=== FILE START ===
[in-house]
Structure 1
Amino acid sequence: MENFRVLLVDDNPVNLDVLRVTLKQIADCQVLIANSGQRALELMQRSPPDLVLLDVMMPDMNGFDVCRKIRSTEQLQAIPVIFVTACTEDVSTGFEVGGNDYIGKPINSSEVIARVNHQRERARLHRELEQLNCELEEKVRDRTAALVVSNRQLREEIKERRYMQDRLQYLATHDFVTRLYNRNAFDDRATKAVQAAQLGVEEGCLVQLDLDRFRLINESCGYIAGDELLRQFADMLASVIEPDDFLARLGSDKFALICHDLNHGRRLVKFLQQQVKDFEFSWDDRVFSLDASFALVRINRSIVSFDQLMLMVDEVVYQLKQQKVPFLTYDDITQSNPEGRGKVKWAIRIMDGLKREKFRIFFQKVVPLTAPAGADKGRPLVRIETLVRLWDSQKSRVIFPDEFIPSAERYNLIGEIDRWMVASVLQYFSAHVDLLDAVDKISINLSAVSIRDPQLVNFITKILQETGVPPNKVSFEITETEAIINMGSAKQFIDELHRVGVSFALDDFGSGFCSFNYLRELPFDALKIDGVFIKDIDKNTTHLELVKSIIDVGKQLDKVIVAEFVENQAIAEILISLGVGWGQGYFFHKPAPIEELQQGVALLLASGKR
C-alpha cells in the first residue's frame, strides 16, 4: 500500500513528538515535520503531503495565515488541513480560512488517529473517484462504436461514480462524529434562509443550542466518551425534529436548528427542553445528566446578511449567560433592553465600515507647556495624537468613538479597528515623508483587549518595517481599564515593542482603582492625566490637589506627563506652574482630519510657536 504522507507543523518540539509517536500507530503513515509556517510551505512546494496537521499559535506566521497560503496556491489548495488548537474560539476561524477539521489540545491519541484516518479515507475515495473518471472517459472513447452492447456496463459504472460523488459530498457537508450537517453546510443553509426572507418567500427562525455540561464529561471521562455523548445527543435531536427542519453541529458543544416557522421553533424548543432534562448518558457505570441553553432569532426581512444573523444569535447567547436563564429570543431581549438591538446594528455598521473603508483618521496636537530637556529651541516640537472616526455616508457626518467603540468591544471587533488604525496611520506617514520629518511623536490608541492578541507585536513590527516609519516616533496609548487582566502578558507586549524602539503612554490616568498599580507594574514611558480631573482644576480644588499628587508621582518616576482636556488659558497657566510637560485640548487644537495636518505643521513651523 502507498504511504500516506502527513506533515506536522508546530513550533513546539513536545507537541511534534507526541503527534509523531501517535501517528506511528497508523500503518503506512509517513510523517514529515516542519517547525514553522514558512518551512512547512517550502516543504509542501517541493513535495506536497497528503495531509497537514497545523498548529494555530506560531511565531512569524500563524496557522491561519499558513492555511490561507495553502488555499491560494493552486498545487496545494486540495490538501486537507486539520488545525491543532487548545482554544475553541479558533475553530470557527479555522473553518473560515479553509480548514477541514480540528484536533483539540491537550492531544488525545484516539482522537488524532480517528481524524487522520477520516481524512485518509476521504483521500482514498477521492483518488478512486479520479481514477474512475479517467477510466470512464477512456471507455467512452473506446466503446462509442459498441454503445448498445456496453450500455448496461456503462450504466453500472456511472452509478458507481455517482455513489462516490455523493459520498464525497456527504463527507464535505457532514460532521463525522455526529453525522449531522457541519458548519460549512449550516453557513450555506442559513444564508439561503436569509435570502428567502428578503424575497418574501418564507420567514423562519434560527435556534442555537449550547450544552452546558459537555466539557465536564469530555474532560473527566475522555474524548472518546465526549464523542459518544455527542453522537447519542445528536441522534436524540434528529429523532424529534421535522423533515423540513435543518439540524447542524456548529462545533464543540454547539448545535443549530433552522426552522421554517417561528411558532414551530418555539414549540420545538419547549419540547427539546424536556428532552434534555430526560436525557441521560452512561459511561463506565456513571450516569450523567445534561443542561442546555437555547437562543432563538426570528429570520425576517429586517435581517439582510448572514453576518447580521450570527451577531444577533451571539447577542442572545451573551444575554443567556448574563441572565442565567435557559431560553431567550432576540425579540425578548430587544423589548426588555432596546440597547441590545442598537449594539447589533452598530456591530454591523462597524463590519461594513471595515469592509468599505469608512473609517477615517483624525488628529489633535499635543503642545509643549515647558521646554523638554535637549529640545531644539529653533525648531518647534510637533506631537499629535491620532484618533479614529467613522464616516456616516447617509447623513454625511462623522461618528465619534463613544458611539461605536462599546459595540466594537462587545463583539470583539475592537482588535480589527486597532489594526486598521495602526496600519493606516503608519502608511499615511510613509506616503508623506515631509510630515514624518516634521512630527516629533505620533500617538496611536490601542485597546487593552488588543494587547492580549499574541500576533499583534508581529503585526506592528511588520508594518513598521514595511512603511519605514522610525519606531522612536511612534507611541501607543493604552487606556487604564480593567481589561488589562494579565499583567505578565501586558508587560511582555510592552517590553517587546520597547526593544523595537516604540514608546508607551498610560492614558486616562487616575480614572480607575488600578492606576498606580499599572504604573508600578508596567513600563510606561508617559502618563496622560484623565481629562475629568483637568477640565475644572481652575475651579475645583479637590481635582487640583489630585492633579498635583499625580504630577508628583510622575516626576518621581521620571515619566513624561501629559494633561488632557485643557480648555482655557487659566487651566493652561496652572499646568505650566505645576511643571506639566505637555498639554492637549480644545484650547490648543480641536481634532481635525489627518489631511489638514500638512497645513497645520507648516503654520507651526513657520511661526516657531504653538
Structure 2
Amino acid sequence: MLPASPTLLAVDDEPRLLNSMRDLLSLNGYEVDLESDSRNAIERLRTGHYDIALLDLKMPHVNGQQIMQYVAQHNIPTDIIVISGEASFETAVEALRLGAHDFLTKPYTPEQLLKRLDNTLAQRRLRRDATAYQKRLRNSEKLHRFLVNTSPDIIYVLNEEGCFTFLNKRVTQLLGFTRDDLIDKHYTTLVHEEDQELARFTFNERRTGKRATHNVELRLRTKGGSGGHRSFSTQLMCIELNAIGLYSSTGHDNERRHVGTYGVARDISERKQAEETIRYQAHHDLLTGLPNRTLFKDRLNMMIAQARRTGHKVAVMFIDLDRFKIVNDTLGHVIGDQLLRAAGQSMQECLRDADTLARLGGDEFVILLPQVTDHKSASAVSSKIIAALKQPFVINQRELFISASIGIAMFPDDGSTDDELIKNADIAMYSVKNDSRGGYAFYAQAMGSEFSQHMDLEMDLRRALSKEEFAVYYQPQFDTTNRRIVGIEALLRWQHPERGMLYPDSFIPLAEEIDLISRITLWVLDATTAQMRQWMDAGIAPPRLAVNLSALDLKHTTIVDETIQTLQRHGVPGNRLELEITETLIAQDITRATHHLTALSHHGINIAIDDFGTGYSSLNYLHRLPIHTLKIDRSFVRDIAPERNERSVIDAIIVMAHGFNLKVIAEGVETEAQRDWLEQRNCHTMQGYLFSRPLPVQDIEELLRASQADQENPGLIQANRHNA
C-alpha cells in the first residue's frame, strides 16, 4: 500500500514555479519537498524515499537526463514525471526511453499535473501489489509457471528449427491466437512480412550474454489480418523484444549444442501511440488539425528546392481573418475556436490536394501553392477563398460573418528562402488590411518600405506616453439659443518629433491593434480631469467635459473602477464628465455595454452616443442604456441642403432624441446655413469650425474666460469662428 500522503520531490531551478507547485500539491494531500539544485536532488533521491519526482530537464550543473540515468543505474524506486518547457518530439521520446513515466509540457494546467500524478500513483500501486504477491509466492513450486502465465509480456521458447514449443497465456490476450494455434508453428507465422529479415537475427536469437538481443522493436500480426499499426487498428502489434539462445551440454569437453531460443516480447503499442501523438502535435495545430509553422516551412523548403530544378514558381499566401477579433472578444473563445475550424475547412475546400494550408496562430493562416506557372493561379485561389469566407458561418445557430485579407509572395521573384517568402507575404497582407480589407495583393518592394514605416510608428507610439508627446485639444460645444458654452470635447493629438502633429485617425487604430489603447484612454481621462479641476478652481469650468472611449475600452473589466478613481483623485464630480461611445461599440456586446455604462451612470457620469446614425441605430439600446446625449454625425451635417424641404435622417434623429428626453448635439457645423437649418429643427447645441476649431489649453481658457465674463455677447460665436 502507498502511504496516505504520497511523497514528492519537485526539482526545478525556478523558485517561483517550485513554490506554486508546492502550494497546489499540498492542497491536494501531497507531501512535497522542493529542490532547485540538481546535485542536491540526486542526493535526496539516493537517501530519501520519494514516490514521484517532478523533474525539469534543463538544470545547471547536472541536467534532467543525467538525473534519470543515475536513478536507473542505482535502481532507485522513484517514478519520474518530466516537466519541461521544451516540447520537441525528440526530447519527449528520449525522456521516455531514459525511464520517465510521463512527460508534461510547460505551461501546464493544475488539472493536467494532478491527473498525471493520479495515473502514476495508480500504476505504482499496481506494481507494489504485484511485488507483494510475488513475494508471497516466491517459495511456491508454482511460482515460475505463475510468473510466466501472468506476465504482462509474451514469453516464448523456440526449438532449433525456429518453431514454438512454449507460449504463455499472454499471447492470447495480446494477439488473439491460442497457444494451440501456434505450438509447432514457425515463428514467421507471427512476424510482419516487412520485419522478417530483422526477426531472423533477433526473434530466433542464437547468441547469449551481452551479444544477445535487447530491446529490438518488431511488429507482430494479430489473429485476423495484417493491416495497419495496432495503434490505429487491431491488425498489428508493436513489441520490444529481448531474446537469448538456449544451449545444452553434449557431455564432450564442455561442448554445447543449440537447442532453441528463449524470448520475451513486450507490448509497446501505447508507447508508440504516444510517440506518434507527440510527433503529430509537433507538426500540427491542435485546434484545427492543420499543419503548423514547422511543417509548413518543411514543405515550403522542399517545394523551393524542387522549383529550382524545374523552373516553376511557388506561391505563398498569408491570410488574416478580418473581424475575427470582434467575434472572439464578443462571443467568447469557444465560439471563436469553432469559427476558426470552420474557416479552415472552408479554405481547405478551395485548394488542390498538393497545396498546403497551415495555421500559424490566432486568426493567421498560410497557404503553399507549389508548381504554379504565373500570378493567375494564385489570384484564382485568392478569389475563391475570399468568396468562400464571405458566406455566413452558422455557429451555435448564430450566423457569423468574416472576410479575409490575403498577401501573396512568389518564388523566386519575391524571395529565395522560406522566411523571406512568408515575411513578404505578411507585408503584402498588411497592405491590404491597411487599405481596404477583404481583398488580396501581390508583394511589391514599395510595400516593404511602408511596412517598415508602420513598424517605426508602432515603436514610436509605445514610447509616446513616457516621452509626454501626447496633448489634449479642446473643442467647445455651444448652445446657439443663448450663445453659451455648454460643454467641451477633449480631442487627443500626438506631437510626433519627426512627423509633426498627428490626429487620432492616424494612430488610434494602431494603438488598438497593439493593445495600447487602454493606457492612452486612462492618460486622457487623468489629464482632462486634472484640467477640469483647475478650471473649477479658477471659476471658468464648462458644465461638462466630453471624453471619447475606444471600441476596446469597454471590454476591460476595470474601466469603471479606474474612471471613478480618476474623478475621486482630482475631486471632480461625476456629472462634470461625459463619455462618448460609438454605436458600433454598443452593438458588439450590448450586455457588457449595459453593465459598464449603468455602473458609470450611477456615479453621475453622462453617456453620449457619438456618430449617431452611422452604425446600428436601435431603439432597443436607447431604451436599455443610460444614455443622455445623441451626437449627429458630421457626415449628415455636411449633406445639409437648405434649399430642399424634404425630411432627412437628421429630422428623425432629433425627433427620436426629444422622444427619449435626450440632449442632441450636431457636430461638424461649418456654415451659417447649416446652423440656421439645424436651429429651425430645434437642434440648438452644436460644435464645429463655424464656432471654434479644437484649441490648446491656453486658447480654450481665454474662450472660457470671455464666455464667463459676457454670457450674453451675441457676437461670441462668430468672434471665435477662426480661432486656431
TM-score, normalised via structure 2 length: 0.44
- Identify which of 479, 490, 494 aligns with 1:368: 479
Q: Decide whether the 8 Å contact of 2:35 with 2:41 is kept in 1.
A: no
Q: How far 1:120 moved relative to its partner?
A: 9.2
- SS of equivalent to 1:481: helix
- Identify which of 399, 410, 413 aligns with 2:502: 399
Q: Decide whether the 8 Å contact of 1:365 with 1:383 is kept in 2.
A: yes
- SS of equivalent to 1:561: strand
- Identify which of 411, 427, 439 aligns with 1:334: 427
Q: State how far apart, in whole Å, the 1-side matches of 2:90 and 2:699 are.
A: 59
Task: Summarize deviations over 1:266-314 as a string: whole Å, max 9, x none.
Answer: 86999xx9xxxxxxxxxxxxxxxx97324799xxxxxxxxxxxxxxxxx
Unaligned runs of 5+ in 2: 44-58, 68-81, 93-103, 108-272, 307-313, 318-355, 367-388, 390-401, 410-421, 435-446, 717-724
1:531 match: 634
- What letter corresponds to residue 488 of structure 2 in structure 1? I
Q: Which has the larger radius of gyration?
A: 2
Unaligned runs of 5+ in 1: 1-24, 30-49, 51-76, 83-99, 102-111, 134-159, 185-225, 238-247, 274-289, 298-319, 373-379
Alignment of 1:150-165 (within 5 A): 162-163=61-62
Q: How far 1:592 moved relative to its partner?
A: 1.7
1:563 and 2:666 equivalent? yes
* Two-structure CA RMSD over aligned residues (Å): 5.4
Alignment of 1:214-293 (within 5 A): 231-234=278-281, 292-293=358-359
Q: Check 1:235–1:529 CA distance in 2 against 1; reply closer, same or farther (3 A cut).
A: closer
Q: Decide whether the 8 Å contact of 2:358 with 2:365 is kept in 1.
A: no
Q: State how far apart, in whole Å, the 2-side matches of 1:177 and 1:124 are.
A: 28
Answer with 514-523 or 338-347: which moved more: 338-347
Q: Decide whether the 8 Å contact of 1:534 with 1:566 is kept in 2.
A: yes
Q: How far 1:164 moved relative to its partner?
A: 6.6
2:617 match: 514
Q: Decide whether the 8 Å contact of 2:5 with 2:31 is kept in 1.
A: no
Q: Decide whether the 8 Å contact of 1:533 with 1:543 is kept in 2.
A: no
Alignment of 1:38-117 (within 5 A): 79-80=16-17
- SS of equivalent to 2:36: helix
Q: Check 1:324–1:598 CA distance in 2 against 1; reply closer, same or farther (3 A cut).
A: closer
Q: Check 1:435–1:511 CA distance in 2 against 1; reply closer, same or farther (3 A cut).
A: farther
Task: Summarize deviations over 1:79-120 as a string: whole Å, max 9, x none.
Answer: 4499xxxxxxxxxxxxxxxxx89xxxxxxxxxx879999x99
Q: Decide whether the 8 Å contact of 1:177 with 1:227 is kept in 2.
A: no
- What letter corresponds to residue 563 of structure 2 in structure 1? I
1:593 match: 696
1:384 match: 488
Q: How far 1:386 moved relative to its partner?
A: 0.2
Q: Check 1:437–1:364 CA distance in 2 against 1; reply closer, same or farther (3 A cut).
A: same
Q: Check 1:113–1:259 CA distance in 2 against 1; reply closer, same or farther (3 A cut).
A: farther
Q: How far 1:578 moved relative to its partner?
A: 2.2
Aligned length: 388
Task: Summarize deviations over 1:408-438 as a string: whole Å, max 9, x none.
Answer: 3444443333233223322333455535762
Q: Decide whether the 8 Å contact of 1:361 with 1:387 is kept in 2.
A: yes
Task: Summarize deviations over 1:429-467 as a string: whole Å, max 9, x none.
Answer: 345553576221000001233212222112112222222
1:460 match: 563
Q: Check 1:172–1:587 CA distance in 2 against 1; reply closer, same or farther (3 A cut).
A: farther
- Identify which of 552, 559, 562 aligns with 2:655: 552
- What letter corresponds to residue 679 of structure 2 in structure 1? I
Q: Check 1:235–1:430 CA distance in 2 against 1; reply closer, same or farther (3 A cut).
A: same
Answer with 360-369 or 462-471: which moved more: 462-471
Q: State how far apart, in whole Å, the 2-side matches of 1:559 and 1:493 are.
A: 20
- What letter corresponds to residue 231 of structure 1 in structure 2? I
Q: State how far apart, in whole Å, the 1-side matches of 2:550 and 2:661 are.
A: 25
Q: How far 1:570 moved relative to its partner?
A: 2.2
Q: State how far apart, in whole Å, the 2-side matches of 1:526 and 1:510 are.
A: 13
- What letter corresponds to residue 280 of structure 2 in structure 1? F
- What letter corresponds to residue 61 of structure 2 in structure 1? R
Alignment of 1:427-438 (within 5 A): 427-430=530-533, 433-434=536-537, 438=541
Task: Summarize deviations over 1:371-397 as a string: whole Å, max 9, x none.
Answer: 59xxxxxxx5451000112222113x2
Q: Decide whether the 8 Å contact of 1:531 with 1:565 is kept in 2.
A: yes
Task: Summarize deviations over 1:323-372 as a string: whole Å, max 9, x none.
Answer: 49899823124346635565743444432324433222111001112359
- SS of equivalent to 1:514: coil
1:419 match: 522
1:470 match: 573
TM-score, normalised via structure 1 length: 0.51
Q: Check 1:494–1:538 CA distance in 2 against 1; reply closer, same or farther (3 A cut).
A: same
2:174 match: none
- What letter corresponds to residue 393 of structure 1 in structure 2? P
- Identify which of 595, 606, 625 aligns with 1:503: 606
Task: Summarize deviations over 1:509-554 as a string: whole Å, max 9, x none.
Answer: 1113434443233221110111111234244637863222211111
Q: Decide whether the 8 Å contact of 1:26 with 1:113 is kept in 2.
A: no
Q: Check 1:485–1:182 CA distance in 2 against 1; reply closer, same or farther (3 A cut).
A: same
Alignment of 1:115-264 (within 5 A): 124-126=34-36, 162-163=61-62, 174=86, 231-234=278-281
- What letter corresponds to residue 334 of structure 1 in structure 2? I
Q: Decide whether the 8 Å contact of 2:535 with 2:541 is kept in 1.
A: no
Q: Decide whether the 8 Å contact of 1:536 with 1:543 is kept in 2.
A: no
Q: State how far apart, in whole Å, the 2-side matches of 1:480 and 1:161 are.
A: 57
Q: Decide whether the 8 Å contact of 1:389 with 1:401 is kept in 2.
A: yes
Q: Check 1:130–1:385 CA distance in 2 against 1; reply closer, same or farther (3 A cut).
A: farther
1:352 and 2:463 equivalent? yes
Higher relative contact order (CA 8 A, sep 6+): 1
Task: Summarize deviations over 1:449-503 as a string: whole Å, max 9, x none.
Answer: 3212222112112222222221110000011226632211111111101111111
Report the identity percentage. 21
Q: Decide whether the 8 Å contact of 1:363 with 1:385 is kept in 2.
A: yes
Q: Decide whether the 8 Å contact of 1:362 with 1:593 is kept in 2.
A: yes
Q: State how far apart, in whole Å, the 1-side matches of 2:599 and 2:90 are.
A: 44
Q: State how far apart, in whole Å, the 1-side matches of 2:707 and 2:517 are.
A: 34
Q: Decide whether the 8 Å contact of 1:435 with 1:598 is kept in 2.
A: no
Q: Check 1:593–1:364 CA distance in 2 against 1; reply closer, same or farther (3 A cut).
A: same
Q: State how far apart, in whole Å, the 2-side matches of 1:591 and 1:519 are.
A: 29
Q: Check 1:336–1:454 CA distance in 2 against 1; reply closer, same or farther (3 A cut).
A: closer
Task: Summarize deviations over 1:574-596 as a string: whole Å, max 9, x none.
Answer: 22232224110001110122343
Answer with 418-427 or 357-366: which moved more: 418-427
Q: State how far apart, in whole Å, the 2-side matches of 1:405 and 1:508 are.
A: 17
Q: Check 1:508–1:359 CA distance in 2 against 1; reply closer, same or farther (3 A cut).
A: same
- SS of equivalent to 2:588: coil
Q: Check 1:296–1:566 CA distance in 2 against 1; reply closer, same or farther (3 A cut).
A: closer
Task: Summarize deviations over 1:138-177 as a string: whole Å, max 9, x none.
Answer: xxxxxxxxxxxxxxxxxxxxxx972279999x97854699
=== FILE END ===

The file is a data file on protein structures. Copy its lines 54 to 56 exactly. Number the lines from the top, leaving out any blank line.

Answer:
Q: Check 1:324–1:598 CA distance in 2 against 1; reply closer, same or farther (3 A cut).
A: closer
Q: Check 1:435–1:511 CA distance in 2 against 1; reply closer, same or farther (3 A cut).